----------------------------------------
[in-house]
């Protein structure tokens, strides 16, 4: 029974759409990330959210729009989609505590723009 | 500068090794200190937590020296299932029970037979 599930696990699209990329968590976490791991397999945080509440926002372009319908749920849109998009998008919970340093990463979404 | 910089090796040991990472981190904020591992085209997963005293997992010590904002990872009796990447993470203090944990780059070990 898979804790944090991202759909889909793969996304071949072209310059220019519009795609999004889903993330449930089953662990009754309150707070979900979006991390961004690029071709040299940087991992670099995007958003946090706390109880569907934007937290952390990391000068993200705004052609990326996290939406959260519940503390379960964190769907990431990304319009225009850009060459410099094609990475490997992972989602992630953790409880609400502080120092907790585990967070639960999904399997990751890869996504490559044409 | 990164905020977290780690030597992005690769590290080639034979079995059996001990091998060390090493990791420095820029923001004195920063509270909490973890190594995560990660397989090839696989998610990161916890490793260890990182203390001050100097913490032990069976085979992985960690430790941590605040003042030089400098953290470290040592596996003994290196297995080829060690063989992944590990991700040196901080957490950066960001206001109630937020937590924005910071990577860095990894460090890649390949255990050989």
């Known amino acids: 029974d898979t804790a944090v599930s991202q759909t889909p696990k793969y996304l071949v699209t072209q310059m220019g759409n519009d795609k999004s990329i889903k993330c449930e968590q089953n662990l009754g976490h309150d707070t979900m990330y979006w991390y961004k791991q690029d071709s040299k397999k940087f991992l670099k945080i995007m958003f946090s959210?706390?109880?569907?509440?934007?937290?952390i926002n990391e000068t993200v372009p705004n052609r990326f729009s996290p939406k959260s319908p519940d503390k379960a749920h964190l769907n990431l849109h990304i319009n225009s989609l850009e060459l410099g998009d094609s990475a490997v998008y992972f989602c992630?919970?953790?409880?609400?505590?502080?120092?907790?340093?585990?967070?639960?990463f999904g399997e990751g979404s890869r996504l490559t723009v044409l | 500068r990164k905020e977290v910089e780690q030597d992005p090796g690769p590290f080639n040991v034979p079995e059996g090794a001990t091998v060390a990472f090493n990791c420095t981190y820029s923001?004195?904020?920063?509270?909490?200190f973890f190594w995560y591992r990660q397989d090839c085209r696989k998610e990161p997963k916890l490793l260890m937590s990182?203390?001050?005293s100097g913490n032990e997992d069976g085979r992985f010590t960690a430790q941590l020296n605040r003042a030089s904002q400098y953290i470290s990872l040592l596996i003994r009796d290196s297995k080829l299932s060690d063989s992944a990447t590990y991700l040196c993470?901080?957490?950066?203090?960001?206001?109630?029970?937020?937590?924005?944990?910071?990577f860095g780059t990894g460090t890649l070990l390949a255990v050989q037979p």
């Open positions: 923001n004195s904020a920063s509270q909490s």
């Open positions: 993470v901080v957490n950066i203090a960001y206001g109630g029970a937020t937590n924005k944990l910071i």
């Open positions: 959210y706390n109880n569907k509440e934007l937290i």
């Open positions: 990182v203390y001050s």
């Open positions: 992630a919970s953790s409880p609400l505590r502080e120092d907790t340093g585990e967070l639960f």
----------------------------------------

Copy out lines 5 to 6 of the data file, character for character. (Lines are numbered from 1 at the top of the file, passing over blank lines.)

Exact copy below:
């Open positions: 993470v901080v957490n950066i203090a960001y206001g109630g029970a937020t937590n924005k944990l910071i």
């Open positions: 959210y706390n109880n569907k509440e934007l937290i």